Regular use of social networking websites, such as Facebook, can negatively affect people's well-being and overall satisfaction with life. New research suggests that taking breaks from Facebook can lift people's spirits.

A change in the social networking behavior – be it not checking notifications for a few days, or just reducing the interaction with the platform can make people feel better about themselves.

Social Media Makes Us Less Happier

The research, published in the journal Cyberpsychology, Behavior, and Social Networking shows that some people can suffer from what is called "Facebook envy," which is the feeling that people who expose moments of their lives on Facebook are actually happier than us.

The study, conducted at the University of Copenhagen, had 1,095 subjects. Half of them were asked to stop using Facebook throughout the study, while the other half, the control group, was asked to continue the activity just as they normally would.

The study concluded that the subjects who did not use the social networking website for a week reported being more satisfied with life, and also rated their well-being higher than the other half of the group.

While people generally spend a lot of time on Facebook, it doesn't necessarily mean that this habit does them any good.

Actually, it is quite the opposite. When discussing the overall well-being of the users, the study authors responded to the question of being happier from spending time on Facebook as follows:

"Millions of hours are spent on Facebook each day. We are surely better connected now than ever before, but is this new connectedness doing any good to our well-being? According to the present study, the answer is no. In fact, the predominant uses of Facebook – that is, as a means to communicate, gain information about others, and as habitual pastime – are affecting our well-being negatively on several dimensions," noted the research in the discussion section.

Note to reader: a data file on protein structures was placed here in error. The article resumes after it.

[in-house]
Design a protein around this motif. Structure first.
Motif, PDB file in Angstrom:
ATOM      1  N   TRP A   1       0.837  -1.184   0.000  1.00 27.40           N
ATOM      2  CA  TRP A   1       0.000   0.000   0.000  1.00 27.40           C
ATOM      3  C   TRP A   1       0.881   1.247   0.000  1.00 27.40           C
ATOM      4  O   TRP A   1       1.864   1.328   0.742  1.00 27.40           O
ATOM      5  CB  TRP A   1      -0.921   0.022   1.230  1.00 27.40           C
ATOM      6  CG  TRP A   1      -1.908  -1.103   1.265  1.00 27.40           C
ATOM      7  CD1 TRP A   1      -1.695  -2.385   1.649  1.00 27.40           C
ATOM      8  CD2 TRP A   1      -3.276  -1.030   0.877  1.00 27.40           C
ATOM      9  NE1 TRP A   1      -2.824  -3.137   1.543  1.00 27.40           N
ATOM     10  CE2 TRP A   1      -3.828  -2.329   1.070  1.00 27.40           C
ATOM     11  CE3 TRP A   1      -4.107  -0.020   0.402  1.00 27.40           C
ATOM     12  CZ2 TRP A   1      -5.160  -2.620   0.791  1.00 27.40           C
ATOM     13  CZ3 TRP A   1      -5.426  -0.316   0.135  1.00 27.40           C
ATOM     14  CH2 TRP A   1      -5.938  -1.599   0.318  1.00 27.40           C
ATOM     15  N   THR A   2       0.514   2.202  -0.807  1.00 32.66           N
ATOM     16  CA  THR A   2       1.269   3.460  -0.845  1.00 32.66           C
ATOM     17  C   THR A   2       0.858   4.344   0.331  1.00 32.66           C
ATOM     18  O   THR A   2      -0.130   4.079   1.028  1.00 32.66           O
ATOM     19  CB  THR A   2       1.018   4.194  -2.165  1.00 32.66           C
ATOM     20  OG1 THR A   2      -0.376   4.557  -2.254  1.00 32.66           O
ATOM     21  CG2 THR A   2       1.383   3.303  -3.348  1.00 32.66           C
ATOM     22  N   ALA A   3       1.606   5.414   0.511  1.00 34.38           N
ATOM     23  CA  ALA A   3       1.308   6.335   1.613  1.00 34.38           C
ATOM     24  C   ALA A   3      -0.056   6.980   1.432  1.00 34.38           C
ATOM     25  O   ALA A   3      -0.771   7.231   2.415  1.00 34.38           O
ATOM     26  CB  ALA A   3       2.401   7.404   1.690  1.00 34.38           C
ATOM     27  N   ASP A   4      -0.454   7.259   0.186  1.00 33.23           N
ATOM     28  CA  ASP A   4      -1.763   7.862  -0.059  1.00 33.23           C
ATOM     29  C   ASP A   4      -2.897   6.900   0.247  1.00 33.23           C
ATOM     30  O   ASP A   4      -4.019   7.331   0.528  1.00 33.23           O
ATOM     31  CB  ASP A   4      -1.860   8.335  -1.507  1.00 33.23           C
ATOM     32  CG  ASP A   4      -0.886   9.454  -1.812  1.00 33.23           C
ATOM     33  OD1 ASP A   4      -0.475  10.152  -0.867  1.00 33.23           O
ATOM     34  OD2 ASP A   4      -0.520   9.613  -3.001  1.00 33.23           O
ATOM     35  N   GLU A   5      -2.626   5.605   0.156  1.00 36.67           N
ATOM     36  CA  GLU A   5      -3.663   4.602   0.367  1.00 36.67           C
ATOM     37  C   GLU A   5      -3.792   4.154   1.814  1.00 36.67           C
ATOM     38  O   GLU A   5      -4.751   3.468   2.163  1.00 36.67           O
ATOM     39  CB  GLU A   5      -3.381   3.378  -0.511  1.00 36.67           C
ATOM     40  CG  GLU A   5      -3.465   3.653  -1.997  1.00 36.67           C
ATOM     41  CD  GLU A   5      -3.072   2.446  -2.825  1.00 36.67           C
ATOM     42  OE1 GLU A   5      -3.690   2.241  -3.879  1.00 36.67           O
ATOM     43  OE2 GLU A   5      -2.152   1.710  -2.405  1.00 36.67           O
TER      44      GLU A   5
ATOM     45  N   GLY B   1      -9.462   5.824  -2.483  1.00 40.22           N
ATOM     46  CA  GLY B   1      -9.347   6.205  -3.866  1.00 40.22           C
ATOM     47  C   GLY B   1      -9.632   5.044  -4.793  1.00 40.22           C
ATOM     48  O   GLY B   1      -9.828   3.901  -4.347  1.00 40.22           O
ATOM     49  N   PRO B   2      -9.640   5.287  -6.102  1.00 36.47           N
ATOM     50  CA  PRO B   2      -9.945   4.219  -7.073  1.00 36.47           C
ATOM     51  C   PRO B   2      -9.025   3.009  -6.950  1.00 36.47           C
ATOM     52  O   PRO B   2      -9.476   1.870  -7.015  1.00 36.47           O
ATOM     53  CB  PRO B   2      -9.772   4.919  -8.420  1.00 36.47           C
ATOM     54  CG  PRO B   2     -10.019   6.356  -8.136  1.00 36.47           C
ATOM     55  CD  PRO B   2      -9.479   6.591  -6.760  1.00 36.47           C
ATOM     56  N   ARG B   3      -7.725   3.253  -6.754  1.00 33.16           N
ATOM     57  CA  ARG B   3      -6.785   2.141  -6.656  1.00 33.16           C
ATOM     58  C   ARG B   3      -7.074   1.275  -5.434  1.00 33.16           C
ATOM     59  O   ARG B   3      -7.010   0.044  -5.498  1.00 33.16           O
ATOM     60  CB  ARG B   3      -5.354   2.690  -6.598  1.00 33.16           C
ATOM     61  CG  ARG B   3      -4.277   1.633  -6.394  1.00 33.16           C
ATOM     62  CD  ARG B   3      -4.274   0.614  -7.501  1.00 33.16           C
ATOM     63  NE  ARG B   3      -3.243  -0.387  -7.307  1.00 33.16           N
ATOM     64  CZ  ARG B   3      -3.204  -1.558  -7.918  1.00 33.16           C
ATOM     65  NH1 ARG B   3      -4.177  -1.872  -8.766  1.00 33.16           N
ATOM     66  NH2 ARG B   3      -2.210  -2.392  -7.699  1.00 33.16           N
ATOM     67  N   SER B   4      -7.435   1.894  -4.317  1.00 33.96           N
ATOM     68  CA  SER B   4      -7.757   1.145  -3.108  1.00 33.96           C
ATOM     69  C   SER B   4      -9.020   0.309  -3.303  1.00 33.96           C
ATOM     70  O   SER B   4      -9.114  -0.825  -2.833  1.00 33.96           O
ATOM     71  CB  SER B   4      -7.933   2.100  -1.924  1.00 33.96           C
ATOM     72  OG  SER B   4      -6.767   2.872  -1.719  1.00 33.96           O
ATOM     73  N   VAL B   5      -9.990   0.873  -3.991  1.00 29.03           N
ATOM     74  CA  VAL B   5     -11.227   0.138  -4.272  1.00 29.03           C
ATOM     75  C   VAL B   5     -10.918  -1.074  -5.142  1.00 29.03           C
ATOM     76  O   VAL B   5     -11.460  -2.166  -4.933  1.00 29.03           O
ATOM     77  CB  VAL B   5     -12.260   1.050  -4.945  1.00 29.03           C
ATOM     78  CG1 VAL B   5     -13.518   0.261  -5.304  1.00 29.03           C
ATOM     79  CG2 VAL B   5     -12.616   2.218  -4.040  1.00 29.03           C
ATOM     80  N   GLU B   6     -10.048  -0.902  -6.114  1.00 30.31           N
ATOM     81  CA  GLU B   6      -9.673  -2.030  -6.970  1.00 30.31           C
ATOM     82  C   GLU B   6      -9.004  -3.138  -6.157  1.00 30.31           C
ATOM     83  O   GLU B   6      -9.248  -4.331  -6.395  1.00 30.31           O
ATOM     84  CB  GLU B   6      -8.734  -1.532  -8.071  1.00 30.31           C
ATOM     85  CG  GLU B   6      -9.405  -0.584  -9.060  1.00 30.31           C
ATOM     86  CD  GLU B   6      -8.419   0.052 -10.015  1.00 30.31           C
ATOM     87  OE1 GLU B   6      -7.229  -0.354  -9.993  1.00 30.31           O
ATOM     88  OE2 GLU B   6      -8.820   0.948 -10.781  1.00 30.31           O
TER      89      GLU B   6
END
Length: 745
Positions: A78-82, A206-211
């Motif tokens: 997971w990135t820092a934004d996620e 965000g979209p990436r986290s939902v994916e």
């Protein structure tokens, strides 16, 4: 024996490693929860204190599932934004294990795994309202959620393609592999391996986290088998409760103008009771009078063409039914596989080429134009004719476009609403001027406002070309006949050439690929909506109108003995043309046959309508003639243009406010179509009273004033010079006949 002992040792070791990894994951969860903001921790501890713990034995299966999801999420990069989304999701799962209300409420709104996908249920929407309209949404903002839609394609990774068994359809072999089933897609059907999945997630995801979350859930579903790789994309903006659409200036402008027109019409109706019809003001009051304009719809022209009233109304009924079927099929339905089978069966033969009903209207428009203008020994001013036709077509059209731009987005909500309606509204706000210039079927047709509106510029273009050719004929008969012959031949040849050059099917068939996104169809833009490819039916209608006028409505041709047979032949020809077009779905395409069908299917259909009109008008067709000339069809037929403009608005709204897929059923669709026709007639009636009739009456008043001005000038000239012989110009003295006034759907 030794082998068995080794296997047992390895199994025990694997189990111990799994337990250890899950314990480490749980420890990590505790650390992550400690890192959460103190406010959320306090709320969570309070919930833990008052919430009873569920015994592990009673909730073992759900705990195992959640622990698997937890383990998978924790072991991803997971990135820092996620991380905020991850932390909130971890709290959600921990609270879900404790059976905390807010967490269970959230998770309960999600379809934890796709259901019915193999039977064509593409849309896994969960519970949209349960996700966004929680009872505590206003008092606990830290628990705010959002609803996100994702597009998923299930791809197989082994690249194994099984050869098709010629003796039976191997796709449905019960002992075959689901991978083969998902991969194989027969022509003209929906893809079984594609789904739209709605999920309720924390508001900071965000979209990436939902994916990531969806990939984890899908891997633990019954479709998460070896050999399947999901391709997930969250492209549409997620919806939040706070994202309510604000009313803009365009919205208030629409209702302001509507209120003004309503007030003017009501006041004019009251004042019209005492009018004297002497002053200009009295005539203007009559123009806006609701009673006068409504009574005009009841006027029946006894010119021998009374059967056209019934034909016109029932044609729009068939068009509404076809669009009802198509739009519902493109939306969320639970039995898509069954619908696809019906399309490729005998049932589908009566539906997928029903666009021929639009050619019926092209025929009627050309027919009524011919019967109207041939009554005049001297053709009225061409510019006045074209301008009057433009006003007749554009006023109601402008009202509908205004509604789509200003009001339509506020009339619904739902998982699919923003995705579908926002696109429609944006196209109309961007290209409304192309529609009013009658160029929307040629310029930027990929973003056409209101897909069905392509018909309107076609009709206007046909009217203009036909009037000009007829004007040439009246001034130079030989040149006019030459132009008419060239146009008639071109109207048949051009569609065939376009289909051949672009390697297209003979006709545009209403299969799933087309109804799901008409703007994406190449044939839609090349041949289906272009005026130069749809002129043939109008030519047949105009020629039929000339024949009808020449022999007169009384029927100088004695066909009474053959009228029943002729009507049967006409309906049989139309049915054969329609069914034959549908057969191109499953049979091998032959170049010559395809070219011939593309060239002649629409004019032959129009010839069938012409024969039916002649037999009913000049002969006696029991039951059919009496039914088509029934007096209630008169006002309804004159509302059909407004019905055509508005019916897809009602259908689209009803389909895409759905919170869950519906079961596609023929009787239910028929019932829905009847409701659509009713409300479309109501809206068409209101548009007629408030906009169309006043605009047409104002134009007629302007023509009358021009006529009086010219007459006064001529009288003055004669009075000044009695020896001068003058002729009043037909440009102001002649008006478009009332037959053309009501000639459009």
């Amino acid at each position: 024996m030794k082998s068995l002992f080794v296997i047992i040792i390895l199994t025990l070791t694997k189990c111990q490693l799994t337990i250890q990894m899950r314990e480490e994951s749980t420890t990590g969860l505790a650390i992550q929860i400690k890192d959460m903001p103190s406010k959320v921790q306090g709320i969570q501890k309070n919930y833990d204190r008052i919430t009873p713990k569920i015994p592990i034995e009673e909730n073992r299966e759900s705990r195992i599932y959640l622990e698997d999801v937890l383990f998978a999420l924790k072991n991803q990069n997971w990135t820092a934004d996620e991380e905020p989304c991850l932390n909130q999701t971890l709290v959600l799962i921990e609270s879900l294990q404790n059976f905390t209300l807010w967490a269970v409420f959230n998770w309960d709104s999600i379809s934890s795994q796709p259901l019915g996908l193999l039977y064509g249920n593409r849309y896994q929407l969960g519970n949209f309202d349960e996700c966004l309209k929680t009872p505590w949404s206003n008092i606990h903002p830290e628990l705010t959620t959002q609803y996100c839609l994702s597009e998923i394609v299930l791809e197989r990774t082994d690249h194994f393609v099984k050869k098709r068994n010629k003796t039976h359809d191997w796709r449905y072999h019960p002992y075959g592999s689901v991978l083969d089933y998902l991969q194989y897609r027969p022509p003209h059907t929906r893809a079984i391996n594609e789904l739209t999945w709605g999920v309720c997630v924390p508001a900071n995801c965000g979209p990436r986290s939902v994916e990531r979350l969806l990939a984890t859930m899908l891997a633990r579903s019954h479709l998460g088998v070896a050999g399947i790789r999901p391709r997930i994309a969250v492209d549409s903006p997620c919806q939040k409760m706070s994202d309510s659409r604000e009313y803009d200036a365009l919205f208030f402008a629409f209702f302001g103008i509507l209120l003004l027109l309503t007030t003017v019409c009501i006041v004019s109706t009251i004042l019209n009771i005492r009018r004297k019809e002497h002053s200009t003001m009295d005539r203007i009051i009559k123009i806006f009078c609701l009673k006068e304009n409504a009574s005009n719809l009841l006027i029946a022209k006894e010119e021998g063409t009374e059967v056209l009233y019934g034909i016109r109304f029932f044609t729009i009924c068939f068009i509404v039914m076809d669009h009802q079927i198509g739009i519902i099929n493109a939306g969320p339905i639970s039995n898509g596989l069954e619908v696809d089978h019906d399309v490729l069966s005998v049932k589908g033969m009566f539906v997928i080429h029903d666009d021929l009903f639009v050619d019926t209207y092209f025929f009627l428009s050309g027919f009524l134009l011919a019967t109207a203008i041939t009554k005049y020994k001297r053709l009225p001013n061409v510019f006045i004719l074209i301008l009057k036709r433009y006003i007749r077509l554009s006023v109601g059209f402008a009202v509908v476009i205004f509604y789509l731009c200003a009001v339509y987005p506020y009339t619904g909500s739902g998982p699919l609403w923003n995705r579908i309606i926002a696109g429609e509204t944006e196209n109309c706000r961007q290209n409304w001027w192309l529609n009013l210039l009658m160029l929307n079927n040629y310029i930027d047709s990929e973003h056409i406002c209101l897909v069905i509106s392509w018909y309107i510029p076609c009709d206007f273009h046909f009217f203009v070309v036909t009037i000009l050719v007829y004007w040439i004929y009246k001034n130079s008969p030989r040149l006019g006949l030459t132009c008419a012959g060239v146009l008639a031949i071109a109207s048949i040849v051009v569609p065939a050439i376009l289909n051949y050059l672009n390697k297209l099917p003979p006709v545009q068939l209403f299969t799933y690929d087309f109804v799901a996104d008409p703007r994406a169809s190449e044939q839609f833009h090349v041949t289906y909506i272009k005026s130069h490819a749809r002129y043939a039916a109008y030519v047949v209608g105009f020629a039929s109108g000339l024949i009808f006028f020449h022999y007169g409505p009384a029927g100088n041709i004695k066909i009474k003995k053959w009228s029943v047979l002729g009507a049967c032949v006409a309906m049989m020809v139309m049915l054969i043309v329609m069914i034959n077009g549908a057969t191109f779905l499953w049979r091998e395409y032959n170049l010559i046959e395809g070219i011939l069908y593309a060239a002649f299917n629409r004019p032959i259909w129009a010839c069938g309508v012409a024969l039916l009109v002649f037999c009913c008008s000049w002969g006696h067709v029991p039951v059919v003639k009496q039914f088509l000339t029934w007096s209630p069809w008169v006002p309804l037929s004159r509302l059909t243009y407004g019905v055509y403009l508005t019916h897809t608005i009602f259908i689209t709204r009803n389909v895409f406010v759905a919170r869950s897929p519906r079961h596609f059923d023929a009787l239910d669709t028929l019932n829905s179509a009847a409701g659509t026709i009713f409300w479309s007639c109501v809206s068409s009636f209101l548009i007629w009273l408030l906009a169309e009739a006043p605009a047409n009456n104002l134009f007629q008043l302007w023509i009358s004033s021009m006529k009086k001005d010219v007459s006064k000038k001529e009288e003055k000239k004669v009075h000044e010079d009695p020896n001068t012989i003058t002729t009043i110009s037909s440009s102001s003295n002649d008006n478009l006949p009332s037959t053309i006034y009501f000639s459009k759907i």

Engineering The Digital Self, A Plausible Reason

The present research offers causal evidence that quitting Facebook leads to improvement in the overall quality of life, expressed through affective and cognitive well-being. The participants who took breaks from the social media website didn't just feel a little better; they scored significantly higher in all aspects of the questionnaire.

One of the reasons which may contribute to feeling worse when scrolling on Facebook and reading friends' updates is that we get the chance to edit our online identities, and make them look the way we wish to. As opposed to real life, where positive experiences and negative experiences expose us to be vulnerable, the digital self can take any form we believe is appropriate. Overall, the stories we choose to tell and the ones we choose to keep to ourselves build a non-realistic portray of our lives.

However, due to the complex cognitive and affective processes that the human mind is capable of, this research is mostly deterministic rather than defining an absolute type of causality.

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